Instead, advocates of these extraordinary powers take it as nearly self-evident that military detention is somehow safer than criminal trials. But criminal proceedings, because they are adversarial, produce better information than military interrogations. That information makes the public better consumers of counterterrorism policies. Public debate does not always make better public policy, but it often helps.

You can see how by looking at the footnotes of books about terrorism, like the 9-11 report. Many of sources are records of criminal trials of terrorists. Had all those suspects been held without trial, their testimony and the government’s claims about them might have remained secret. What did become public would be less trustworthy because it would not have been vetted by an institutional adversary, as in court.

Take the case of Umar Farouk Abdulmutallab, the Underwear Bomber, and its connection to the killing of Anwar al-Awlaki, the jihadist propagandist killed earlier this year in Yemen. Both before and after getting a Miranda warning, Abdulmutallab apparently told his FBI interrogators a great deal of information about his trip to Yemen to prepare the explosives he tried to detonate in plane over Detroit. Had he not plead guilty on the first day of trial, prosecutors were set to argue that Awlaki had aided the plot. The government would have had to substantiate its claim that Awlaki, an American citizen, had graduated from being a propagandist to plotting attacks and therefore become a combatant they could legally kill—something they still have not done. The trial would have shed light on how the White House decides which of its citizens it can kill in the name of counterterrorism. That information would at least inform debate.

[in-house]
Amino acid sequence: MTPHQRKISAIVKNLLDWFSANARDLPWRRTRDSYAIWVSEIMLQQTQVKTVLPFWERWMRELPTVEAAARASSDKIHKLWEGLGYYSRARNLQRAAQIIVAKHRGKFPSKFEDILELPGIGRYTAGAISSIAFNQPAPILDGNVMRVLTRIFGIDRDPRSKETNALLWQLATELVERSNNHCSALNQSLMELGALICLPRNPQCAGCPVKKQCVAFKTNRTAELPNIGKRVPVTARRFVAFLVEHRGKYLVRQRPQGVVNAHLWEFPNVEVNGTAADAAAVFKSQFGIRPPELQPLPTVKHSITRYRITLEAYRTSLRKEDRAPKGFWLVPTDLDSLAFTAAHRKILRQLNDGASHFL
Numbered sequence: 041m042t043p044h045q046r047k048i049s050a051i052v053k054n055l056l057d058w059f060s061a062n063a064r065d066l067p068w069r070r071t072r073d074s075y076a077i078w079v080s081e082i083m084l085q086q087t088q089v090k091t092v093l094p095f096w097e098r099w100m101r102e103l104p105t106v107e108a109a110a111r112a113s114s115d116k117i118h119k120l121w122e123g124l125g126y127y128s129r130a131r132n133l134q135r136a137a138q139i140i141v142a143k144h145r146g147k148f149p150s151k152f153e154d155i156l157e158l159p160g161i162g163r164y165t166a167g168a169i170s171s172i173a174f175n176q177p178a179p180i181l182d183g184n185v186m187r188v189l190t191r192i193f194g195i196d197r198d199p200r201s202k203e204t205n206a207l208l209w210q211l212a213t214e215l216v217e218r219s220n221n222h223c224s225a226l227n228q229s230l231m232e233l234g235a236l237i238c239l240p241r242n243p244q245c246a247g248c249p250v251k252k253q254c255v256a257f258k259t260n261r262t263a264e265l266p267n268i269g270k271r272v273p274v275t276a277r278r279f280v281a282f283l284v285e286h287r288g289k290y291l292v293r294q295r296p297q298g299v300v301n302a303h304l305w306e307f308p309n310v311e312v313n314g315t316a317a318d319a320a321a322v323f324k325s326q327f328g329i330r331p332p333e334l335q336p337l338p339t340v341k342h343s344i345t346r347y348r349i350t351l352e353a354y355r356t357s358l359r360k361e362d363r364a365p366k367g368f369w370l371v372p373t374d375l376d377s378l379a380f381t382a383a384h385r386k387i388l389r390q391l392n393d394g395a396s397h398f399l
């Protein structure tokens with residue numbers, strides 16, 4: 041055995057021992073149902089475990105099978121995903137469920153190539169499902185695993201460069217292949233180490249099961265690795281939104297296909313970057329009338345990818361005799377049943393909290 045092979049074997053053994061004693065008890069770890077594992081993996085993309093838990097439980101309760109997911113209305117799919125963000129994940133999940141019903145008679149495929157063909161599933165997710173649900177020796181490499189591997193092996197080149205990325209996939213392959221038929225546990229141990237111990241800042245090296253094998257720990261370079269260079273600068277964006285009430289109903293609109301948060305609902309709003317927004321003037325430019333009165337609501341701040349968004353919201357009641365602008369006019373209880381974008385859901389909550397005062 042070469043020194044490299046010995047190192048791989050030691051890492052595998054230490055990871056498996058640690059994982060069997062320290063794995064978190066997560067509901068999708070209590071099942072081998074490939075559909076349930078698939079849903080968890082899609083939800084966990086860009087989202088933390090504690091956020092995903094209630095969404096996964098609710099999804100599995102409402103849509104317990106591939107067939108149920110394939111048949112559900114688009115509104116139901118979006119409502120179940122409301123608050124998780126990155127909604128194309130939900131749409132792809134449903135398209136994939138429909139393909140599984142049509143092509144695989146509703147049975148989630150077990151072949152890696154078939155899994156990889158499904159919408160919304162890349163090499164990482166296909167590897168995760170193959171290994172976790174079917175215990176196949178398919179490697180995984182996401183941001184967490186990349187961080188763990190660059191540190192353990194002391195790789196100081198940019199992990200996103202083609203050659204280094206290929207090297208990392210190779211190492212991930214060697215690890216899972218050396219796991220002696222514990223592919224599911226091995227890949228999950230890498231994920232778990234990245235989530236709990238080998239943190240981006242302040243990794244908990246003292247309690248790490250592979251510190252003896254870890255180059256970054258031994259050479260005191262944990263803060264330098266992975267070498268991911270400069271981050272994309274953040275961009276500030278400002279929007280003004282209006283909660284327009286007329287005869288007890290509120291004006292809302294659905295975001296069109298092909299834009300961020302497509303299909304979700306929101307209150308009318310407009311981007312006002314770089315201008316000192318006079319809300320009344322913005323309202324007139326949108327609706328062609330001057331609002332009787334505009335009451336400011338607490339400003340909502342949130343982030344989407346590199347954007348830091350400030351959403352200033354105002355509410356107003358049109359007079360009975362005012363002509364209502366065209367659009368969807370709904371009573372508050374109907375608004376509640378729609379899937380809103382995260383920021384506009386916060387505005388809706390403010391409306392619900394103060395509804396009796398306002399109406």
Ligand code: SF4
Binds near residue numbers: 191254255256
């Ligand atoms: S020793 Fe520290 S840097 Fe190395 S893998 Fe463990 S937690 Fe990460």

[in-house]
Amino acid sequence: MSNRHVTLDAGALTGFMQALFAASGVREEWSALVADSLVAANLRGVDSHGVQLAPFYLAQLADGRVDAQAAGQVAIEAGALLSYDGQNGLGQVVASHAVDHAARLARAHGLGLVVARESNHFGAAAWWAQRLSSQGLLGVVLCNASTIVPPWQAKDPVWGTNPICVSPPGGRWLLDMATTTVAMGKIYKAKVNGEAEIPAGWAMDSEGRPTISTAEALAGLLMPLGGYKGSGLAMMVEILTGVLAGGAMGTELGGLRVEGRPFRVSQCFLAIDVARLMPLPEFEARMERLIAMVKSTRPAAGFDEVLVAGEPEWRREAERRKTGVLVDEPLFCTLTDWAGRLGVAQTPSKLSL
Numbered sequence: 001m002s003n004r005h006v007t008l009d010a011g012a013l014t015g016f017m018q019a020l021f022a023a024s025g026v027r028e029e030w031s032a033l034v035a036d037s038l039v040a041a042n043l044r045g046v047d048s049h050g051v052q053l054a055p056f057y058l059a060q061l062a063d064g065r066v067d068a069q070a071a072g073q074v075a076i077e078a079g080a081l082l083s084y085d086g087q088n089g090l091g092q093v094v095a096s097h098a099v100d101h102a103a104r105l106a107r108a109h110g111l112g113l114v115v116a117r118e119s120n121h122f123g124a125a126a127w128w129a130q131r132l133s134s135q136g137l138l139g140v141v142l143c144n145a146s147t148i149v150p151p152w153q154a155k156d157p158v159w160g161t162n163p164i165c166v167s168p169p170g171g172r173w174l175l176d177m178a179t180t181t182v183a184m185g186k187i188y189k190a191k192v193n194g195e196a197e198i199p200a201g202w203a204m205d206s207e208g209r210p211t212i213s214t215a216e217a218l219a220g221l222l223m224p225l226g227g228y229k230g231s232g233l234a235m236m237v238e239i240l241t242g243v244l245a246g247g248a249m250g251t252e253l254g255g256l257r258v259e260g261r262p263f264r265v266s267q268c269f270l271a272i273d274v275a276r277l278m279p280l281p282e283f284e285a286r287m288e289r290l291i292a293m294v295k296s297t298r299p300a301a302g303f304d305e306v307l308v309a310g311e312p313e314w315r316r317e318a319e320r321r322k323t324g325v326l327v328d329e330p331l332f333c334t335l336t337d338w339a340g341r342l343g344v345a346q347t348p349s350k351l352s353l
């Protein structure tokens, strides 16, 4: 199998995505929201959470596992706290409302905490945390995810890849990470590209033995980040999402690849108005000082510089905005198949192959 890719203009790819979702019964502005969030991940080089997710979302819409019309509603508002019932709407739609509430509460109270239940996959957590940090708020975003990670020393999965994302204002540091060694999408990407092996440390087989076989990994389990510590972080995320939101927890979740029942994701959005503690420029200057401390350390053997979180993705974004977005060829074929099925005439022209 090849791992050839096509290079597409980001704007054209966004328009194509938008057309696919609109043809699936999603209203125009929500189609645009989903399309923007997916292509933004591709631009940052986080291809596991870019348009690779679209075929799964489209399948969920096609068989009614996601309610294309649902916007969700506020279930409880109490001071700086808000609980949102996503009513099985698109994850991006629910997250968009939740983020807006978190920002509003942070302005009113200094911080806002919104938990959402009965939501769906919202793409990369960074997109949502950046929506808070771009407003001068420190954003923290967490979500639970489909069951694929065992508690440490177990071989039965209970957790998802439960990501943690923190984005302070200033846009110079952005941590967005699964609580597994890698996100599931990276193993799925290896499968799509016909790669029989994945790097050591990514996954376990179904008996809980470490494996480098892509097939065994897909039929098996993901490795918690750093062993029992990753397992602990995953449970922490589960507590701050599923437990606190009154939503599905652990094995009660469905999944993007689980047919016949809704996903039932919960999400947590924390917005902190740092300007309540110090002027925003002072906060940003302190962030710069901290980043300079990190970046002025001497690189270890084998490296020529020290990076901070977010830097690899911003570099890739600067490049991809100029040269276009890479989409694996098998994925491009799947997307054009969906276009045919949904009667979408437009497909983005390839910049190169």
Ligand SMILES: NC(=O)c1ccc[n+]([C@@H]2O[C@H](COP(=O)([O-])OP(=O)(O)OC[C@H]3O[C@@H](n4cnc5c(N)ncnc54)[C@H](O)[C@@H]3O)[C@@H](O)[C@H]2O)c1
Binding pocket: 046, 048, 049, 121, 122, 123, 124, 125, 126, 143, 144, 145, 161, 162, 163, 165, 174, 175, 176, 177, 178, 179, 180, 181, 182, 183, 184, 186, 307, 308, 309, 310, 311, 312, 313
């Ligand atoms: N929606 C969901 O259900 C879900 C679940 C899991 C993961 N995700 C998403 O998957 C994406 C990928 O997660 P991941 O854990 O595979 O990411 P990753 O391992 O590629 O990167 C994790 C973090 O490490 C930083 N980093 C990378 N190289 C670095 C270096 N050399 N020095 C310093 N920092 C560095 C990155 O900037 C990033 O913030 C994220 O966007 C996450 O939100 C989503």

Civil liberties are a sufficient reason to oppose handing the executive the power to detain more or less whomever it wants. But our system of government does not divide powers simply for fairness. Unilateral decisions are more likely to be foolish ones.

Cross-posted from the Skeptics at the National Interest.

Digging Our Grave in Af-Pak

Last week’s killing of two dozen Pakistani soldiers by a NATO airstrike shows why the war in Afghanistan will continue to weaken, not stabilize, neighboring Pakistan, contrary to what U.S. officials and analysts claim. Perhaps the gravest outcome from this latest “tragic, unintended incident” will be the widening gulf between Pakistan’s senior military leadership and its junior officer corps, a chasm that opened under President-General Pervez Musharraf (1999-2008) and threatens to open far wider.